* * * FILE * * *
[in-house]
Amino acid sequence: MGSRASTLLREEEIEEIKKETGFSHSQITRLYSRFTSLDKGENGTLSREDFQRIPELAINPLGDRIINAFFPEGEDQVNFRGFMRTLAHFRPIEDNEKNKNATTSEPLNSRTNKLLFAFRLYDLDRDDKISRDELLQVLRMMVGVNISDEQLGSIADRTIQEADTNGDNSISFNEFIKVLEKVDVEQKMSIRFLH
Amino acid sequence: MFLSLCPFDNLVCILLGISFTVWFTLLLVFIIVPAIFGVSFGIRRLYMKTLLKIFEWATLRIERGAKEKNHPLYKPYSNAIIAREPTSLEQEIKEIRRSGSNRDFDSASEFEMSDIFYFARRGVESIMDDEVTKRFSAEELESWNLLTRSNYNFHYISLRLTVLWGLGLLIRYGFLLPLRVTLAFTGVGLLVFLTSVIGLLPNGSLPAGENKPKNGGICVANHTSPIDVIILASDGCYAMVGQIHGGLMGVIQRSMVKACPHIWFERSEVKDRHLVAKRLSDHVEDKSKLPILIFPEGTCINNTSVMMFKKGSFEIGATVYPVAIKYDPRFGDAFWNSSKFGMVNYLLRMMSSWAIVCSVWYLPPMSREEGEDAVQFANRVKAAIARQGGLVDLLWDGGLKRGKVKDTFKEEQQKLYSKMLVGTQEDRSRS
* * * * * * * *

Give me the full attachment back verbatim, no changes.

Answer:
[in-house]
Amino acid sequence: MGSRASTLLREEEIEEIKKETGFSHSQITRLYSRFTSLDKGENGTLSREDFQRIPELAINPLGDRIINAFFPEGEDQVNFRGFMRTLAHFRPIEDNEKNKNATTSEPLNSRTNKLLFAFRLYDLDRDDKISRDELLQVLRMMVGVNISDEQLGSIADRTIQEADTNGDNSISFNEFIKVLEKVDVEQKMSIRFLH
Amino acid sequence: MFLSLCPFDNLVCILLGISFTVWFTLLLVFIIVPAIFGVSFGIRRLYMKTLLKIFEWATLRIERGAKEKNHPLYKPYSNAIIAREPTSLEQEIKEIRRSGSNRDFDSASEFEMSDIFYFARRGVESIMDDEVTKRFSAEELESWNLLTRSNYNFHYISLRLTVLWGLGLLIRYGFLLPLRVTLAFTGVGLLVFLTSVIGLLPNGSLPAGENKPKNGGICVANHTSPIDVIILASDGCYAMVGQIHGGLMGVIQRSMVKACPHIWFERSEVKDRHLVAKRLSDHVEDKSKLPILIFPEGTCINNTSVMMFKKGSFEIGATVYPVAIKYDPRFGDAFWNSSKFGMVNYLLRMMSSWAIVCSVWYLPPMSREEGEDAVQFANRVKAAIARQGGLVDLLWDGGLKRGKVKDTFKEEQQKLYSKMLVGTQEDRSRS